"I think initially, I was worried," said Rhodes. "I was like, 'Oh, the Bullet Club.' You've had Finn Balor, and you've had AJ Styles, and you have Kenny Omega. I was kind of worried. I wanted to trend upwards. All good things must come to an end, and I didn't know what the shelf life for the Bullet Club was."

But Rhodes quickly found a home within the Bullet Club. As the "American Nightmare", Rhodes turned up a few elements of his personality, but largely stayed true to what he'd been doing and who he really is. He's gotten tremendous reactions from New Japan and ROH crowds alike, despite some negative reactions from critics online.

He couldn't have signed on at a much better time. Balor and Styles laid the foundation before moving on to the WWE, where they've each won world titles, but the current iteration of the Bullet Club is taking the wrestling business to unexplored places. Rhodes' shirt is one of four Bullet Club shirts that have, without the coverage of an overarching company, become a big seller at Hot Topic outlets throughout North America thanks in large part to the popularity surge led by Omega and The Young Bucks.

And that's just the tip of the iceberg.

"It's trending upward still," Rhodes noted. "We just had a conference call with a certain toy manufacturer, that does toys for the biggest company in the world, who wants to do Bullet Club stuff. Not ROH. Not New Japan Pro Wrestling. Bullet Club. Just Bullet Club. It blows my mind.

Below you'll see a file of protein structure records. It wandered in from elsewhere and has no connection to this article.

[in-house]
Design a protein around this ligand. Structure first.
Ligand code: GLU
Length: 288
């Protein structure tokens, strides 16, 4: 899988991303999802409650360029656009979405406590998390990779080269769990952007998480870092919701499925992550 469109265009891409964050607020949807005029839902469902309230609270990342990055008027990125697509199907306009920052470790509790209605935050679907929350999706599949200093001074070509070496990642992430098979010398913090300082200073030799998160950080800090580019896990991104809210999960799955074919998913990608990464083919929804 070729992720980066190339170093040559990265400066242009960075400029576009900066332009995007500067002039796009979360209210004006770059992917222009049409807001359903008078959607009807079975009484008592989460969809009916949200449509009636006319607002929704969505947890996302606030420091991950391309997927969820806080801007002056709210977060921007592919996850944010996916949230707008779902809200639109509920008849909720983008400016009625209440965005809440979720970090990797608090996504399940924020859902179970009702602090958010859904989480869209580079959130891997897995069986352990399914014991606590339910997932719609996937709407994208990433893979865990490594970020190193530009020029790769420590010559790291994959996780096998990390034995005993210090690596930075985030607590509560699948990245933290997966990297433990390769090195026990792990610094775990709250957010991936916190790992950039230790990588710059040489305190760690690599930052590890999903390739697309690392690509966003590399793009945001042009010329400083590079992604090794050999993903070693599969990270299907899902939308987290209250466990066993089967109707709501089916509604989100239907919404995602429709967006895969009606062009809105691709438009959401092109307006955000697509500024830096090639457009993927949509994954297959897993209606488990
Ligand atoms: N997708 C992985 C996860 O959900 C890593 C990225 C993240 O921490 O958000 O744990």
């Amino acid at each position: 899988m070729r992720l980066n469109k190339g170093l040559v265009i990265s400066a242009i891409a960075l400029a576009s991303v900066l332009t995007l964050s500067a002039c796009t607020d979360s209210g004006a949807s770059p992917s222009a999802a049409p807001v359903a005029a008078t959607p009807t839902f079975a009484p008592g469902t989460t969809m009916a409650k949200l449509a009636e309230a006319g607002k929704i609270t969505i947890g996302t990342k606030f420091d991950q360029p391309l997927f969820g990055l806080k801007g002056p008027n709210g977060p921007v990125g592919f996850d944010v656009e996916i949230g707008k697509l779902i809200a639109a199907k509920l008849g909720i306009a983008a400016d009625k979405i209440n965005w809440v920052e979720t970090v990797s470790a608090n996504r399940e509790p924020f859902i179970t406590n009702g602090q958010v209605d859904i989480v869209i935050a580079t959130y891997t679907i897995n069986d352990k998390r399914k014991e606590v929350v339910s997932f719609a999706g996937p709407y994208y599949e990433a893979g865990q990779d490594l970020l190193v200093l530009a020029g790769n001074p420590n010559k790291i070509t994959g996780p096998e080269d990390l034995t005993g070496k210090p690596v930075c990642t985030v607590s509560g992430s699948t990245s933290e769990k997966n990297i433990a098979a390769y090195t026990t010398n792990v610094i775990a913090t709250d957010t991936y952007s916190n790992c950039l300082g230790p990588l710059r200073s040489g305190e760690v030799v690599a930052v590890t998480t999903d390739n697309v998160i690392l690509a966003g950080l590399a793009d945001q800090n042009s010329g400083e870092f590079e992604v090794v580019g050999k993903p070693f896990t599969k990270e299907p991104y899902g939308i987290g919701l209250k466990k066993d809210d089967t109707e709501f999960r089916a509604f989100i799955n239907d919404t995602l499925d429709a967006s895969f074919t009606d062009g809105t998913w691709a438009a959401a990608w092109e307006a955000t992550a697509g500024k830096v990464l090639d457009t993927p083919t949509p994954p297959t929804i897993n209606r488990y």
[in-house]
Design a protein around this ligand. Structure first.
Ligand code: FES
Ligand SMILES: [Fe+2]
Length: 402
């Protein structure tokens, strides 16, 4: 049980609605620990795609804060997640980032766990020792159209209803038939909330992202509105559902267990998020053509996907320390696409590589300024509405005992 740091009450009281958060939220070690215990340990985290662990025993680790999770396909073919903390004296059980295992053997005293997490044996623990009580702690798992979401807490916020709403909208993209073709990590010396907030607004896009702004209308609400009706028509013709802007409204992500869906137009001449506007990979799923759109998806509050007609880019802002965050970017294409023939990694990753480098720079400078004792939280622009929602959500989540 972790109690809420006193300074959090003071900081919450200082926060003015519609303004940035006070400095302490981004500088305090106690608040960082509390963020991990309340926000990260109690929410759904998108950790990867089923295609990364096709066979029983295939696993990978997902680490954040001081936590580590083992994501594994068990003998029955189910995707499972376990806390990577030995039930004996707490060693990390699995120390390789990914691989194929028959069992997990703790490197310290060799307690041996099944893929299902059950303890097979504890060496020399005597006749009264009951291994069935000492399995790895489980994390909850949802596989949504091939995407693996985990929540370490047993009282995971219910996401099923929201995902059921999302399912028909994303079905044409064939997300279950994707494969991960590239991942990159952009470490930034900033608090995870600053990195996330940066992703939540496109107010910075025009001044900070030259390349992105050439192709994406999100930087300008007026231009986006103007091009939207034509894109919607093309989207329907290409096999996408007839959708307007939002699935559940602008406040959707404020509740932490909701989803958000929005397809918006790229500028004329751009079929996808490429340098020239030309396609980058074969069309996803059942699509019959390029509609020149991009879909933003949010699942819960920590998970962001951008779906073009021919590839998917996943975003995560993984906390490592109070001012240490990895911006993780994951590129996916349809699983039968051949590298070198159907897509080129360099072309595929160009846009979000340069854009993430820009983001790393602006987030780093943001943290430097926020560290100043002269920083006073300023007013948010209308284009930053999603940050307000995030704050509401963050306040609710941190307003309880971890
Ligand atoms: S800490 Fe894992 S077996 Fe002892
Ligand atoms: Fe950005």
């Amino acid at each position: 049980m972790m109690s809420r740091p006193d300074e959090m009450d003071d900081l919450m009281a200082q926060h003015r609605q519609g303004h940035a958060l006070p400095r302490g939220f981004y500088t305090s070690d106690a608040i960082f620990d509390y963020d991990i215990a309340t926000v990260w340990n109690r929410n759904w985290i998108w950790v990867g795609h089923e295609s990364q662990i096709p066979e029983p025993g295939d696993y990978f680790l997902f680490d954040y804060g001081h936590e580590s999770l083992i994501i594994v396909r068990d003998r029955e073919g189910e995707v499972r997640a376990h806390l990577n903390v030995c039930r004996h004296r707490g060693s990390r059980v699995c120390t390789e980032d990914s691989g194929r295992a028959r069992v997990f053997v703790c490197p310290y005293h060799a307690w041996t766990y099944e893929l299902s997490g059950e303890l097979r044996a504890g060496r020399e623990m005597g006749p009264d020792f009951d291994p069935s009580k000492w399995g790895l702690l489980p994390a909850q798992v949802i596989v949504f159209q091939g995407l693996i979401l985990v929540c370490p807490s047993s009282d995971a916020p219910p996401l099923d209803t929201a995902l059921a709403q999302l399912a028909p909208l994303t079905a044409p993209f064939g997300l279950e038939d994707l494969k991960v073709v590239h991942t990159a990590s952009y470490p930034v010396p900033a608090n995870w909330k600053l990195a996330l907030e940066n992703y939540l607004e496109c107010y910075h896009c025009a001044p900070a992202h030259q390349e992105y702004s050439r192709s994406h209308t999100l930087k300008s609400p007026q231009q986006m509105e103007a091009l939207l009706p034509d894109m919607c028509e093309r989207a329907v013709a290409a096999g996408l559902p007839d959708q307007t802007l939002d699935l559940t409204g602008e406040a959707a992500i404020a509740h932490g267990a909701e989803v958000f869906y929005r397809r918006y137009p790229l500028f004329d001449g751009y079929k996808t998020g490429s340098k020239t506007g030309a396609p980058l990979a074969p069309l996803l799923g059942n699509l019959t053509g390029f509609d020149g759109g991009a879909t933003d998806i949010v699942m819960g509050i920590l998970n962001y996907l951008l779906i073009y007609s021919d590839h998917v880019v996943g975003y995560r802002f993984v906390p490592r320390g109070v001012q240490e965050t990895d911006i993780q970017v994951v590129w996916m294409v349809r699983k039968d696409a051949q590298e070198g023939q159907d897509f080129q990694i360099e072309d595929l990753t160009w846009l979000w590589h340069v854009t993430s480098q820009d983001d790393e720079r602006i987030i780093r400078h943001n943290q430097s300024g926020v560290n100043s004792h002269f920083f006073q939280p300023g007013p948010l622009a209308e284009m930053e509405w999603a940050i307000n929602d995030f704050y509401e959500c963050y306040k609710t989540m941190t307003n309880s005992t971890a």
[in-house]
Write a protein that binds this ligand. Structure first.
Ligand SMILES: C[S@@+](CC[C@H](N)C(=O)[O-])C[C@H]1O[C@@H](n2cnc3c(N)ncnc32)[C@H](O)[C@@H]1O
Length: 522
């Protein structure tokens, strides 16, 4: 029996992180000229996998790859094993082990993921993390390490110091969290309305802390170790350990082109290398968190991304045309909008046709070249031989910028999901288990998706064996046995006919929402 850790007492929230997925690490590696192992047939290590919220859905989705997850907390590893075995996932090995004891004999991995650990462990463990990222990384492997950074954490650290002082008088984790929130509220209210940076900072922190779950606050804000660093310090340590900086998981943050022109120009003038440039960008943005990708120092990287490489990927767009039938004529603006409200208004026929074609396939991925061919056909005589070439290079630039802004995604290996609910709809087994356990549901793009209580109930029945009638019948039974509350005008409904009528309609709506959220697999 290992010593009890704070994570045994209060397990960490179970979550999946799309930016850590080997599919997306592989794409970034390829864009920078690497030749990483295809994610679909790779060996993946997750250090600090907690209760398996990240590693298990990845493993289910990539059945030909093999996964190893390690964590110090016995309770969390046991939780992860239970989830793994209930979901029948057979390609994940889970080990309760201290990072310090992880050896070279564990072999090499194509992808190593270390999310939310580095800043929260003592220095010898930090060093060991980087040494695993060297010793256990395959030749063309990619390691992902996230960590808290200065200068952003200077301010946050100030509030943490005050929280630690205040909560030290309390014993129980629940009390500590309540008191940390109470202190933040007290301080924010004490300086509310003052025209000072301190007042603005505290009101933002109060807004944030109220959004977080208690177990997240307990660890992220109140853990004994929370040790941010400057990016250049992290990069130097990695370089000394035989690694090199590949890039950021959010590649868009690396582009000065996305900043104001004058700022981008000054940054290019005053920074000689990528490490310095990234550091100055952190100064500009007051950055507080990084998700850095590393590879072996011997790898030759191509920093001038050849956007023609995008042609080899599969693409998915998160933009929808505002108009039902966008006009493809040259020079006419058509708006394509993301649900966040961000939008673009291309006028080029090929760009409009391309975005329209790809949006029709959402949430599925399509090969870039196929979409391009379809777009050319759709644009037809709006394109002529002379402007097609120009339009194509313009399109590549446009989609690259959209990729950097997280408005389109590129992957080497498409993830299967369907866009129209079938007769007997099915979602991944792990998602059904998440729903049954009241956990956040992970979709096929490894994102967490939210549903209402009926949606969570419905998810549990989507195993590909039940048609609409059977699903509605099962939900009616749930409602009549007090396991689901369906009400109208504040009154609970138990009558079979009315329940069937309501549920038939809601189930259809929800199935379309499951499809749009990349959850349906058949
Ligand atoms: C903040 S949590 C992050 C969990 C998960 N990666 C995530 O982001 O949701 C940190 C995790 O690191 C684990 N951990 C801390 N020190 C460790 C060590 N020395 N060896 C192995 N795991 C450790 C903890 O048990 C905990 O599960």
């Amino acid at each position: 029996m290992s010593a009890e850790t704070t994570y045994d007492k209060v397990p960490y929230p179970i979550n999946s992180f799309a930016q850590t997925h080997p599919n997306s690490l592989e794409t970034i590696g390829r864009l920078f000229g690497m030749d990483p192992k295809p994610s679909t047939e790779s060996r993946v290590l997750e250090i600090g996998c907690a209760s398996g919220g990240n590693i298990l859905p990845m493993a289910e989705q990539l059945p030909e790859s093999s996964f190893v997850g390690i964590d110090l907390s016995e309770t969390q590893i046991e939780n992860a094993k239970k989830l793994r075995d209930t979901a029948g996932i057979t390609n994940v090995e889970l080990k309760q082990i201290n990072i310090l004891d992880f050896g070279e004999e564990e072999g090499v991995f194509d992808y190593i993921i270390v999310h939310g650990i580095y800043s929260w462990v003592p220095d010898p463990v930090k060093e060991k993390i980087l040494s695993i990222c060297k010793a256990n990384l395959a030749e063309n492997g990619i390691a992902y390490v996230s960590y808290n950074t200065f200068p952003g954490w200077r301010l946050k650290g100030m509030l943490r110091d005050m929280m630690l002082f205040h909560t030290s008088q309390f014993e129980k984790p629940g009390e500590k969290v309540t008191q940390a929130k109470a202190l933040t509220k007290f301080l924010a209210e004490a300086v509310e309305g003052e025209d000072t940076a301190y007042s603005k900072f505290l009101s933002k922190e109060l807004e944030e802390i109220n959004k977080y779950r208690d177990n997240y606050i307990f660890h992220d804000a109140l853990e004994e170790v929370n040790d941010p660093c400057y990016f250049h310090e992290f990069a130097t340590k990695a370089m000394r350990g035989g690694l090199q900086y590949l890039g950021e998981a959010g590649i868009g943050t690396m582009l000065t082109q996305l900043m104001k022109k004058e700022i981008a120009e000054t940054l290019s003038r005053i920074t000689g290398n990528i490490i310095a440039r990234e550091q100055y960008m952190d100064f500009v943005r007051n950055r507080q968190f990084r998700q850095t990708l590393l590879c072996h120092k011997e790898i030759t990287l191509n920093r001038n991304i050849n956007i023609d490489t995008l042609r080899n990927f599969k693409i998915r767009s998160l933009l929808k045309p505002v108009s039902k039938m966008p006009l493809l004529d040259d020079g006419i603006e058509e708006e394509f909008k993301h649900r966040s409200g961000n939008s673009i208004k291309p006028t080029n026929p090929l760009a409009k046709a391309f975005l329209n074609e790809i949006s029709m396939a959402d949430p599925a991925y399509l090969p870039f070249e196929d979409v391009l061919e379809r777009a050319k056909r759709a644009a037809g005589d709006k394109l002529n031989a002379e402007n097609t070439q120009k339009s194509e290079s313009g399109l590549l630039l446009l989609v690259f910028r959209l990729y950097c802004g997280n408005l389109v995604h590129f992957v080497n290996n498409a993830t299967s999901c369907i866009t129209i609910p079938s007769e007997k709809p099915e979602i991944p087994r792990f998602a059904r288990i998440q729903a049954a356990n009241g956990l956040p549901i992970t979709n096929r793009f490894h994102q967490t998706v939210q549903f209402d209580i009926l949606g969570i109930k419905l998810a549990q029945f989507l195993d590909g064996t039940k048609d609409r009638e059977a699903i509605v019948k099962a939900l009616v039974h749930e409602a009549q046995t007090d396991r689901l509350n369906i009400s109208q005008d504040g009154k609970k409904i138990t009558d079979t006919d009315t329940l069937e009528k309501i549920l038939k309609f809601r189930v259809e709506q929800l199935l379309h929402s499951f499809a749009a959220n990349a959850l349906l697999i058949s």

"I thank the Bucks for their merchandise savvy and their edginess. They go with their gut, always, and I go with my gut always, so that's cool to be around guys like that."

Going with his gut has taken Rhodes a long way, and the wave of congratulatory messages following his victory on Friday night was massive. WWE stars including Cesaro and Tye Dillinger, and personalities from throughout the wrestling world gave their props.

"That was really cool, the overwhelmingly positive reaction from some of my peers. Some of them I don't even get along with," said Rhodes.

But you can't please everyone. As much as the "too-sweets" and sea of red-white-and-blue Cody Bullet Club shirts in the crowd in Lowell (and elsewhere) seem to indicate otherwise, there's always going to be those who aren't satisfied.

"You'll look on social and it will be overwhelmingly negative. You can't always tell what it is," said Rhodes. "I think the only way to know for sure what it is, is to feel it. Like last night, to feel it like, 'OK. We're doing something right. Let's keep doing this. Let's not be distracted. Let's not make this about pleasing everybody.'

"That's the quickest route to failure," Rhodes continued. "Last night, it felt like this is the right direction. I hope Long Beach is the same."